The Hamlet odyssey is approaching its end for this time. The rough draft of my text is written. Only one movie remains to be seen. My reflections have mostly been reflected. And most of the material in this report is, coincidently maybe, connected to Hamlet. But then most things in life are, aren’t they?
From Davis and Frankforter’s The Shakespeare Name Dictionary:
· Aeneas is related to Priam, the King of Troy. Oddly, the dictionary does not mention that Hamlet uses Aeneas and Priam in his appeal to the First Player to give them a speech. Says Hamlet: “One speech in it I chiefly loved, ‘twas Aeneas’ tale to Dido, and thereabout of it especially where he speaks of Priam’s slaughter.” A rather major omission from the Dictionary!
· Agincourt, and the battle and English victory led by Henry V, is given historical explanation.
Shakespeare sightings, very few this week, all from one novel:
- The Finkler Question by Howard Jacobson, who wrote in the 70’s a book about Shakespeare, Shakespeare's Magnanimity: Four Tragic Heroes, Their Friends and Families (co-author with Wilbur Sanders), Chatto & Windus, 1978, which unfortunately is only available used from Amazon. Since I didn’t much like this novel I don’t know how much I will pursue the Shakespeare book. Here’s the Shakespeare in this one anyway:
- Main character Julian Treslove is interested in the Ophelia Complex.
- He and his friend Sam Finkler quote Hamlet to each other, in this case “There are more things in heaven and earth, Samuel, than are dreamt of in your philosophy.”
- Donald Wolfit, who had played Hamlet, is mentioned. According to Google he was a renowned British actor of whom had I not previously heard. Do all British people know who he was?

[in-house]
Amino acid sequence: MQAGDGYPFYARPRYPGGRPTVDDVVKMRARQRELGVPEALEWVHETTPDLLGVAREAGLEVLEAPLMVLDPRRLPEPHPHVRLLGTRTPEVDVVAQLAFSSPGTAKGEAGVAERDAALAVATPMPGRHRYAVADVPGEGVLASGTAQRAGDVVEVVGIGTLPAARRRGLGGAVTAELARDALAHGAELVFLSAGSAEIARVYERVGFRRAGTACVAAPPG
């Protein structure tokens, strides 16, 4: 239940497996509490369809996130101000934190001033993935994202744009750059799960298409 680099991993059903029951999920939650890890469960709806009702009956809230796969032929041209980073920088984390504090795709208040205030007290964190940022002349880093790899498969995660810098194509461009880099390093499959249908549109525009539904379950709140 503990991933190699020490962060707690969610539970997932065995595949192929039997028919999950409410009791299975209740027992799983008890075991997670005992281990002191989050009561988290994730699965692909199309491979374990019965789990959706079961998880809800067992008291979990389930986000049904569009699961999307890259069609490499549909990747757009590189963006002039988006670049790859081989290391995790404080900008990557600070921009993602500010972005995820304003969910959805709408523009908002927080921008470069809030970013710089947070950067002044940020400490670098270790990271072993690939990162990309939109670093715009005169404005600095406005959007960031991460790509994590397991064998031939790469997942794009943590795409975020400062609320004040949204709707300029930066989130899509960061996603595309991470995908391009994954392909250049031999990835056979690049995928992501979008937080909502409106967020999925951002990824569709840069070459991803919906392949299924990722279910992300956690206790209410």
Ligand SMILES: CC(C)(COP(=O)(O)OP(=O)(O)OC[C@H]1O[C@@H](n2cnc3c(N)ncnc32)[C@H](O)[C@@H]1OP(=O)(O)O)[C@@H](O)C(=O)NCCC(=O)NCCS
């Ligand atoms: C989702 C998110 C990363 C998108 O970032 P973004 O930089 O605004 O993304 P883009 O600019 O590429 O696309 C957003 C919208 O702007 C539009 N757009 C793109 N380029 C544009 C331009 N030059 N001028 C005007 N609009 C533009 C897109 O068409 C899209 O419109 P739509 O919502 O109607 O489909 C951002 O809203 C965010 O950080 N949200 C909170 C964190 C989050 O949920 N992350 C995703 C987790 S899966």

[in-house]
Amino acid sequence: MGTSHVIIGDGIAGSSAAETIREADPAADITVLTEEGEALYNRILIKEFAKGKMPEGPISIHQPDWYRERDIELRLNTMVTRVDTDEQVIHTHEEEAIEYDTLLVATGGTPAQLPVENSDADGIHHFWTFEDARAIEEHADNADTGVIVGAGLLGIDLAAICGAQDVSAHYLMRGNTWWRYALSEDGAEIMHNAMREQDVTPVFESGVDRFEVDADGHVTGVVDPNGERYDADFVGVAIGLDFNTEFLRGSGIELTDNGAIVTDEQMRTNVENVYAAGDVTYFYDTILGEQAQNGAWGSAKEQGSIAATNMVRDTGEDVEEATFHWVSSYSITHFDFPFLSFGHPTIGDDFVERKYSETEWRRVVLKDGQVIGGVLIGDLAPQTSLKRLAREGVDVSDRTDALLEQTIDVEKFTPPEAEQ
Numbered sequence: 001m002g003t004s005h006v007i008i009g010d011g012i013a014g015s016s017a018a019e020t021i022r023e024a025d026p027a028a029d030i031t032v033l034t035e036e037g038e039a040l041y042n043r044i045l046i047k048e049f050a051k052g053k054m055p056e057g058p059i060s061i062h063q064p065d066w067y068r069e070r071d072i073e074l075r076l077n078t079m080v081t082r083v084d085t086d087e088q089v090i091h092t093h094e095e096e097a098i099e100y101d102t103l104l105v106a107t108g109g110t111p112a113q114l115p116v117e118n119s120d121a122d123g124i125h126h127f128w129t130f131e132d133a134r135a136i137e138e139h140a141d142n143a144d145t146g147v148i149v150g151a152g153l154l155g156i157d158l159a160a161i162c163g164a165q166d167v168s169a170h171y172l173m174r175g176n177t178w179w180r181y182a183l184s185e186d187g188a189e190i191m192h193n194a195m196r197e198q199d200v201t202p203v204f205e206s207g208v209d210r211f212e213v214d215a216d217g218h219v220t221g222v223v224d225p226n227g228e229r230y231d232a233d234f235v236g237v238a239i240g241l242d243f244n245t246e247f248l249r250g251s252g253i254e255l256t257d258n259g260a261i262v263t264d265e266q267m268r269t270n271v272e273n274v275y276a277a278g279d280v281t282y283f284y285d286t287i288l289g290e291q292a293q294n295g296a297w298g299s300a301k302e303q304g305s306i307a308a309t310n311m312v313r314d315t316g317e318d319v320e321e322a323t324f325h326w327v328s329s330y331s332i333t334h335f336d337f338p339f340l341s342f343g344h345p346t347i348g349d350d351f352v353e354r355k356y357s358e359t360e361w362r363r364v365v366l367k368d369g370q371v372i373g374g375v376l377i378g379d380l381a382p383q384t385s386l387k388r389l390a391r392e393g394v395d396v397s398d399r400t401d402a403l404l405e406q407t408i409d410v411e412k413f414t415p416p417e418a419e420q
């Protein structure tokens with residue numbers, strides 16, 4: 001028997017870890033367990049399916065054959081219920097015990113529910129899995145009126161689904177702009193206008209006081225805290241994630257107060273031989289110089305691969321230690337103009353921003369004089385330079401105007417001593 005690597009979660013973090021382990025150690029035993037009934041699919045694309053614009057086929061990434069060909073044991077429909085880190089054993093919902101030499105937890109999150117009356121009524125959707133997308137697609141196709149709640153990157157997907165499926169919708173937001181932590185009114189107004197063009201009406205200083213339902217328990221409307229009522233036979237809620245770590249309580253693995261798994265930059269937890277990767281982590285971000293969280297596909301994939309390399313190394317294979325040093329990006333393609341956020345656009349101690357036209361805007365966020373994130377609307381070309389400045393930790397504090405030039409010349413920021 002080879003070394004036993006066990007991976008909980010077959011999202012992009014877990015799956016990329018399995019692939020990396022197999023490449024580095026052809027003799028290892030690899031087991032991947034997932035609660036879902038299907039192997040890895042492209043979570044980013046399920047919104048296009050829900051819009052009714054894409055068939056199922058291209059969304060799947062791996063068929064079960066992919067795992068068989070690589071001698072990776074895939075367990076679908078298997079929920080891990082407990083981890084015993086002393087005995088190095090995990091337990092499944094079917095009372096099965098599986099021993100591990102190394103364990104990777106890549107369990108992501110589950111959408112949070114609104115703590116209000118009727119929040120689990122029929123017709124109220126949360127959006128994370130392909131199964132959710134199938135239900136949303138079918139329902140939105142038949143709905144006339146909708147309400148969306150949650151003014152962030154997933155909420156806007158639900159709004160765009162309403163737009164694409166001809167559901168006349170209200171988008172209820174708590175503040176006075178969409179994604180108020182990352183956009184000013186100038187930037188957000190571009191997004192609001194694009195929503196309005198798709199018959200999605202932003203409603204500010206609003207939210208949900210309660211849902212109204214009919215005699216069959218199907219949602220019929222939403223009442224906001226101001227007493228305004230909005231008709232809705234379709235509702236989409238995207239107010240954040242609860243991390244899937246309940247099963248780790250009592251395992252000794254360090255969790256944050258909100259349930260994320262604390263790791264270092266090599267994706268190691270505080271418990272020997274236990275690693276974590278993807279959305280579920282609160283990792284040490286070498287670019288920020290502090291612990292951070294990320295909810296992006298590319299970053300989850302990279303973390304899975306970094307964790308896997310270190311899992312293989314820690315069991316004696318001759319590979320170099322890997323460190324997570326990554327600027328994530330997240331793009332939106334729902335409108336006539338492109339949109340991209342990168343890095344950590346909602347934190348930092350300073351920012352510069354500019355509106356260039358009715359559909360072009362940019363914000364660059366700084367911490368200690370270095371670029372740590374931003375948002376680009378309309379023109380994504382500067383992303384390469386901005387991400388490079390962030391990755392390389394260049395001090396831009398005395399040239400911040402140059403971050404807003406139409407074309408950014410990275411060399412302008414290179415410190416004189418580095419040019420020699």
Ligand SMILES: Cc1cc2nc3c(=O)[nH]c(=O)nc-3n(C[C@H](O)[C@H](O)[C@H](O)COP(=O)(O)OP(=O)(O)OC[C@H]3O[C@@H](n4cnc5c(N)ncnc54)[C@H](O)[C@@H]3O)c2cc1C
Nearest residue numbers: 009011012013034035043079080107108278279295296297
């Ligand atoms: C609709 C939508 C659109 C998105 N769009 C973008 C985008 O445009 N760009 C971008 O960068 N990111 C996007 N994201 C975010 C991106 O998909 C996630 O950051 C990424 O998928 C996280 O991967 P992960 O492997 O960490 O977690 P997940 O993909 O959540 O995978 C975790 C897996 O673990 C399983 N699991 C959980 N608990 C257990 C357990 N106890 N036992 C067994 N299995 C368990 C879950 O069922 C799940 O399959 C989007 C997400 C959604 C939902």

- “To what base uses we may return,” says Samuel to Julian, who isn’t in the mood to reply this time.
- Finkler says,”If thou didst ever hold me in thy heart, absent thee from felicity awhile.” Julian is supposed to say, “Who’s Felicity?” but it doesn’t feel like playing this time either.
- Depressed Julian thinks, “It was a good job that no fragile shiksa with a watery Ophelia expression had come into the bar in which he drank. He might have taken her back into the park and drowned them both.” Cheerful guy, our Julian.
Further, since the last report:
- Watched: Hamlet with Adrian Lester, directed by Peter Brook.
- Watched: Hamlet with Kevin Kline, directed by Kevin Kline.
- Continued reading: Harold’s Bloom’s text about Hamlet. It’s very long and says very little but once in awhile there are some gems.
- Continued reading: Hamlet, Contemporary Critical Essays, edited by Martin Coyle.
- Finished writing: my text on Hamlet. Now just the revision left. Will be posted next week, hopefully!
- Finished writing: “Doing Something About Hamlet” for Ruby’s Reflections and/or Blogging Shakespeare, to which it has been sent.
Posted this week:
· This Monday report
· “Doing Something about Hamlet” in Ruby’s Reflections.